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Exploring how intervention characteristics affect implementability
A mixed methods case study of common elements-based academic support in child welfare services

Thomas Engell, Anne Marte Løvstad, Benedicte Kirkøen, Terje Ogden & Kristine Amlund Hagen

Children and Youth Services Review 2021

Prominent implementation theories and frameworks articulate characteristics of interventions (e.g., contextual alignment) as important determinants of successful implementation in natural practice settings. Yet, few studies have explored such characteristics in-depth. Research is needed to understand how and why interventions' characteristics can make them more or less implementable in their intended practice settings. Child Welfare Services (CWSs) need evidence-informed academic interventions to help children's current and prospective wellbeing. CWSs are complex implementation contexts that likely need interventions to be highly implementable. This mixed-methods case study explored the implementability of Enhanced Academic Support (EAS), a co-designed common elements-based academic intervention for children and families in CWSs, and how characteristics such as flexibility and contextual alignment influenced its implementability.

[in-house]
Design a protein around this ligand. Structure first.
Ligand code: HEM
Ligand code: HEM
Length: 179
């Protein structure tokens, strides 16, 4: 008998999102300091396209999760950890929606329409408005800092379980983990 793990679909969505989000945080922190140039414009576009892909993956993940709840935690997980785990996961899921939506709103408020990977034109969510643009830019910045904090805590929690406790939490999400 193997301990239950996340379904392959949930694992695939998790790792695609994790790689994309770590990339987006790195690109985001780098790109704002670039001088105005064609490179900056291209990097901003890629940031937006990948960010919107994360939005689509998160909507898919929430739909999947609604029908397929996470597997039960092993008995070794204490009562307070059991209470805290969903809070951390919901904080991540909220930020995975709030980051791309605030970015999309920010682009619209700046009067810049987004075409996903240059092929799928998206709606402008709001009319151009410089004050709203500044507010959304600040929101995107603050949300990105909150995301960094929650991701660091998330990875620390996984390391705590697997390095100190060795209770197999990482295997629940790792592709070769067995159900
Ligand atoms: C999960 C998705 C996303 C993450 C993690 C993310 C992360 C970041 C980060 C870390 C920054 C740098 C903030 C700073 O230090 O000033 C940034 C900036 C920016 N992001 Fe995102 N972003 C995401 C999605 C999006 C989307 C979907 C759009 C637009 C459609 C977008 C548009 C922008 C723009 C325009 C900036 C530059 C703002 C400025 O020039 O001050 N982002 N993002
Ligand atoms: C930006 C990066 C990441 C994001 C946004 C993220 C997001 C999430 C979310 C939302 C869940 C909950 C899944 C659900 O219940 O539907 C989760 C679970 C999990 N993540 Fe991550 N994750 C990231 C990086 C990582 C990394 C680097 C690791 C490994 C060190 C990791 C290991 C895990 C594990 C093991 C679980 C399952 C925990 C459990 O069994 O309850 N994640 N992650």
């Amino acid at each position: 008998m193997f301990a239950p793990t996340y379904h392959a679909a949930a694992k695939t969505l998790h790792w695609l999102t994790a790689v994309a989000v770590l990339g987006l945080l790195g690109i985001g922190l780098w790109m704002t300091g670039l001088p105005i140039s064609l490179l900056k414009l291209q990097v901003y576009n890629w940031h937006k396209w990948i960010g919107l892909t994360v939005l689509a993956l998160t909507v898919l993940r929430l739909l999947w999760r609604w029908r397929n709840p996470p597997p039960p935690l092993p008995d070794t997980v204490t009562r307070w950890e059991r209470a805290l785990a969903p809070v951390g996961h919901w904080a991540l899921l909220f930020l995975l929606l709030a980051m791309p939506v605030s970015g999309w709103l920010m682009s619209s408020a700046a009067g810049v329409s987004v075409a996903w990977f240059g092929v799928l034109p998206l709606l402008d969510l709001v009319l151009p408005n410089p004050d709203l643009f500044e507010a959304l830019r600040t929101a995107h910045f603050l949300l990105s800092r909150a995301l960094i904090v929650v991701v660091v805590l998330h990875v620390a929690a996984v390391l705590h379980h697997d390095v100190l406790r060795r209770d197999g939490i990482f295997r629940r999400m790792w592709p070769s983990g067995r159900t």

Exploring how intervention characteristics affect implementability